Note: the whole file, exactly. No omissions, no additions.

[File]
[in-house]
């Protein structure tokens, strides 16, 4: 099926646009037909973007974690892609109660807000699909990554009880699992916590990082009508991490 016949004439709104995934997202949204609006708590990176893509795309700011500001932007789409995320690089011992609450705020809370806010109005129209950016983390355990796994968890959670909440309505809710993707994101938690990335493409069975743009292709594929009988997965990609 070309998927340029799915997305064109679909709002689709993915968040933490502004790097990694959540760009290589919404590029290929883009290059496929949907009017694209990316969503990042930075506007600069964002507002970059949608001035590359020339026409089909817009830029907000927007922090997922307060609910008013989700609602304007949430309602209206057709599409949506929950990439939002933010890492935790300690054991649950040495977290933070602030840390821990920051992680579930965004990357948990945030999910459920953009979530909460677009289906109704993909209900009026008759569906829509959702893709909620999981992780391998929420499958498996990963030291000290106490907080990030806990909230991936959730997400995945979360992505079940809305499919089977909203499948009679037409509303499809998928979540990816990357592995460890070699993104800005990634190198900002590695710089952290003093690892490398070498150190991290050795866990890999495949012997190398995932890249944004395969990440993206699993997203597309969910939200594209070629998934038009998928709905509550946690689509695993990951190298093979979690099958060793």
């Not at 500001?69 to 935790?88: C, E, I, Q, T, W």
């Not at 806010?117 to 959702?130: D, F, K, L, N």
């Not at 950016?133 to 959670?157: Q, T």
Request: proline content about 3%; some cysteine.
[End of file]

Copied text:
[in-house]
């Protein structure tokens, strides 16, 4: 099926646009037909973007974690892609109660807000699909990554009880699992916590990082009508991490 016949004439709104995934997202949204609006708590990176893509795309700011500001932007789409995320690089011992609450705020809370806010109005129209950016983390355990796994968890959670909440309505809710993707994101938690990335493409069975743009292709594929009988997965990609 070309998927340029799915997305064109679909709002689709993915968040933490502004790097990694959540760009290589919404590029290929883009290059496929949907009017694209990316969503990042930075506007600069964002507002970059949608001035590359020339026409089909817009830029907000927007922090997922307060609910008013989700609602304007949430309602209206057709599409949506929950990439939002933010890492935790300690054991649950040495977290933070602030840390821990920051992680579930965004990357948990945030999910459920953009979530909460677009289906109704993909209900009026008759569906829509959702893709909620999981992780391998929420499958498996990963030291000290106490907080990030806990909230991936959730997400995945979360992505079940809305499919089977909203499948009679037409509303499809998928979540990816990357592995460890070699993104800005990634190198900002590695710089952290003093690892490398070498150190991290050795866990890999495949012997190398995932890249944004395969990440993206699993997203597309969910939200594209070629998934038009998928709905509550946690689509695993990951190298093979979690099958060793």
């Not at 500001?69 to 935790?88: C, E, I, Q, T, W």
């Not at 806010?117 to 959702?130: D, F, K, L, N």
């Not at 950016?133 to 959670?157: Q, T």
Request: proline content about 3%; some cysteine.